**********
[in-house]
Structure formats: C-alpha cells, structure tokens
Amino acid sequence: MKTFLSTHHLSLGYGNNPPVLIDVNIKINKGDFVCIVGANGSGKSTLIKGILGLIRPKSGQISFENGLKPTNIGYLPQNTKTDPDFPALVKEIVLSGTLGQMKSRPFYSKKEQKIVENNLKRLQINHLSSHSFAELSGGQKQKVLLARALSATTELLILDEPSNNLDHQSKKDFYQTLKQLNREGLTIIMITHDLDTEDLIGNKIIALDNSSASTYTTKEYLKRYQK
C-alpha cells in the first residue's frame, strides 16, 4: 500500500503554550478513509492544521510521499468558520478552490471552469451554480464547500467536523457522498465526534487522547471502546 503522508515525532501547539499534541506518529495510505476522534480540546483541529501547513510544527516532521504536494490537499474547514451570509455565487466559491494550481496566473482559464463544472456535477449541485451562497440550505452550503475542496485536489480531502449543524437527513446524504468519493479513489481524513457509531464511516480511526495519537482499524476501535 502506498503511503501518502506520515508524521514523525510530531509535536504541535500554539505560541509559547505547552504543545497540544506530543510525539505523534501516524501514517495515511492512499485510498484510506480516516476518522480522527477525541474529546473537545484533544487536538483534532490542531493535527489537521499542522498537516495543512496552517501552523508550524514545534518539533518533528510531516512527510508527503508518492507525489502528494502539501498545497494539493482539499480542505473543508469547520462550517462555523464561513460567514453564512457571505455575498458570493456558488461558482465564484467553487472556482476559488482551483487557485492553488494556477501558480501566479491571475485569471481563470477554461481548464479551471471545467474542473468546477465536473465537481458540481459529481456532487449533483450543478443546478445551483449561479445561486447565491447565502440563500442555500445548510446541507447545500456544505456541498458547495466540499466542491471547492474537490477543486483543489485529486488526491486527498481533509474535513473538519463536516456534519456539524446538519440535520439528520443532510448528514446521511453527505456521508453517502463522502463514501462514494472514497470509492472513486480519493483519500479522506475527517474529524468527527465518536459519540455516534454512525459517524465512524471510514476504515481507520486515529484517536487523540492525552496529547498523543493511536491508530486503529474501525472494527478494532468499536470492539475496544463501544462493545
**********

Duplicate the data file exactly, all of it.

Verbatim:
[in-house]
Structure formats: C-alpha cells, structure tokens
Amino acid sequence: MKTFLSTHHLSLGYGNNPPVLIDVNIKINKGDFVCIVGANGSGKSTLIKGILGLIRPKSGQISFENGLKPTNIGYLPQNTKTDPDFPALVKEIVLSGTLGQMKSRPFYSKKEQKIVENNLKRLQINHLSSHSFAELSGGQKQKVLLARALSATTELLILDEPSNNLDHQSKKDFYQTLKQLNREGLTIIMITHDLDTEDLIGNKIIALDNSSASTYTTKEYLKRYQK
C-alpha cells in the first residue's frame, strides 16, 4: 500500500503554550478513509492544521510521499468558520478552490471552469451554480464547500467536523457522498465526534487522547471502546 503522508515525532501547539499534541506518529495510505476522534480540546483541529501547513510544527516532521504536494490537499474547514451570509455565487466559491494550481496566473482559464463544472456535477449541485451562497440550505452550503475542496485536489480531502449543524437527513446524504468519493479513489481524513457509531464511516480511526495519537482499524476501535 502506498503511503501518502506520515508524521514523525510530531509535536504541535500554539505560541509559547505547552504543545497540544506530543510525539505523534501516524501514517495515511492512499485510498484510506480516516476518522480522527477525541474529546473537545484533544487536538483534532490542531493535527489537521499542522498537516495543512496552517501552523508550524514545534518539533518533528510531516512527510508527503508518492507525489502528494502539501498545497494539493482539499480542505473543508469547520462550517462555523464561513460567514453564512457571505455575498458570493456558488461558482465564484467553487472556482476559488482551483487557485492553488494556477501558480501566479491571475485569471481563470477554461481548464479551471471545467474542473468546477465536473465537481458540481459529481456532487449533483450543478443546478445551483449561479445561486447565491447565502440563500442555500445548510446541507447545500456544505456541498458547495466540499466542491471547492474537490477543486483543489485529486488526491486527498481533509474535513473538519463536516456534519456539524446538519440535520439528520443532510448528514446521511453527505456521508453517502463522502463514501462514494472514497470509492472513486480519493483519500479522506475527517474529524468527527465518536459519540455516534454512525459517524465512524471510514476504515481507520486515529484517536487523540492525552496529547498523543493511536491508530486503529474501525472494527478494532468499536470492539475496544463501544462493545